However, some experts believe everyone should be wearing them when they leave the house, no matter where they live.

“To be effective in halting the spread of COVID-19, it is imperative that the majority of people wear masks,” epidemiology expert Dr Alex Polyakov says.

“It’s been estimated that if 80 per cent of the population was wearing masks consistently, it would be more beneficial than a strict lockdown.

“Airborne droplets are considered to be a major source of viral transmission, and there’s overwhelming evidence that places where masks are mandatory or commonly used have reduced viral transmission and have lower death rates related to COVID-19, compared to places where masks are only worn by a minority of the population at risk.”

A man wearing a face mask stands in front of large waves at North Narrabeen Beach in Sydney, Australia.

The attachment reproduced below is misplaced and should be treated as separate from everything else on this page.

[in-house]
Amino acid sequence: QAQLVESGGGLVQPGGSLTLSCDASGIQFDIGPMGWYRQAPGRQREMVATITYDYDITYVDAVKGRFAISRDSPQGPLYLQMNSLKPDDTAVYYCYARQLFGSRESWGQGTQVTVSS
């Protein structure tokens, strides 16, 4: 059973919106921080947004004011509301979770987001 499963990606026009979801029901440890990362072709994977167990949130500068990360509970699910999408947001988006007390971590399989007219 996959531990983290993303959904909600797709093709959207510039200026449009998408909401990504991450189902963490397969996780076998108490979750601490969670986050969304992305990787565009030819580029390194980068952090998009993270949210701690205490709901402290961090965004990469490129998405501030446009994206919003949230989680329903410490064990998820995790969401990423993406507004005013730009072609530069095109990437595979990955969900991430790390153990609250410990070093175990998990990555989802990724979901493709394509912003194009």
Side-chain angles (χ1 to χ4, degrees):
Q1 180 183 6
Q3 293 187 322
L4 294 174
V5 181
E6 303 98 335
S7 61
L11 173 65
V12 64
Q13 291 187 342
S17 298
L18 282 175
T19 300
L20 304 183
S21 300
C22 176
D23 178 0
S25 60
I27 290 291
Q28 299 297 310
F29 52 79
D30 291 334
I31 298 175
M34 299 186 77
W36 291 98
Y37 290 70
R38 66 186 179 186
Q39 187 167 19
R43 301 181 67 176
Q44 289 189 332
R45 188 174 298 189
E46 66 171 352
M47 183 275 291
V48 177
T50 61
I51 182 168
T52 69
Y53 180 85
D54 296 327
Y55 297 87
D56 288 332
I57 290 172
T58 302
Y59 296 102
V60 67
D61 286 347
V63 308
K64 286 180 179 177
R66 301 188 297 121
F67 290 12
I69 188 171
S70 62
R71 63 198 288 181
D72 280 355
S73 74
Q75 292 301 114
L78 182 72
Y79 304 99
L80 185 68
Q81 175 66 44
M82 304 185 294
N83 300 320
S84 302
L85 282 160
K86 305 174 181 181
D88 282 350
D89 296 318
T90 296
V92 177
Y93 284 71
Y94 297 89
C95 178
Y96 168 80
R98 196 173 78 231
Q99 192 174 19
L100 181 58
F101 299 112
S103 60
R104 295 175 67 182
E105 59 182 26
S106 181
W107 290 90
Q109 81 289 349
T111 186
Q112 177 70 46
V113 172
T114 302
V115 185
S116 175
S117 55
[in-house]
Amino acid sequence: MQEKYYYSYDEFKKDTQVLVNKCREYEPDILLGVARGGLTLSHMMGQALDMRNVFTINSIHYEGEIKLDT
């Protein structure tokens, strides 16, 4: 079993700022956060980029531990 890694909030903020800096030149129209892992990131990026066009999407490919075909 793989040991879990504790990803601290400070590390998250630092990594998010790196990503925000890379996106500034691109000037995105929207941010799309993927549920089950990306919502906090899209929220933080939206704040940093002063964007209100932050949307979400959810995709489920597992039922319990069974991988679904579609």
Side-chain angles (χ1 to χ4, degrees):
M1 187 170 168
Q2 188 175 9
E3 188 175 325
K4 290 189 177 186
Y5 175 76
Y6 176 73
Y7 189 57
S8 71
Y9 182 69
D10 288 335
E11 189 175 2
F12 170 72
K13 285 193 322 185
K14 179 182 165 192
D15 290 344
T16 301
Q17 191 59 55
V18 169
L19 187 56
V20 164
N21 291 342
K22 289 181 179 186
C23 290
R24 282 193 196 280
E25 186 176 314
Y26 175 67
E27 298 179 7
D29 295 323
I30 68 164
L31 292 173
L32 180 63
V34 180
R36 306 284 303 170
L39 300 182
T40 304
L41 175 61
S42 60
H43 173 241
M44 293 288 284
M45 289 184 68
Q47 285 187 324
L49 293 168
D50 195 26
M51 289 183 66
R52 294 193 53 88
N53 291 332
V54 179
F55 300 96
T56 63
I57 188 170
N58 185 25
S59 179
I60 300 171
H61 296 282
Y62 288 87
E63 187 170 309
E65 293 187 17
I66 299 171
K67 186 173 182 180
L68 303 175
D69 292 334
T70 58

A man wears a face mask at Sydney's North Narrabeen Beach. Source: Getty Images

Will wearing a mask lower my risk of coronavirus infection?

Yes – but it must be done in conjunction with other measures, such as washing your hands thoroughly and social distancing.

“The use of a mask alone is insufficient to provide an adequate level of protection,” according to the World Health Organisation.

“Other personal and community level measures should also be adopted to suppress transmission of respiratory viruses.”

While some people have suggested wearing a mask provides people with a false sense of security, leading them to stop social distancing, research shows the opposite is true. An Italian experiment showed that wearing a mask actually makes people stay away from you.

A worker wearing a face mask and protective clothing attends to members of the public at a pop-up COVID-19 testing clinic in the town of Albury, Australia.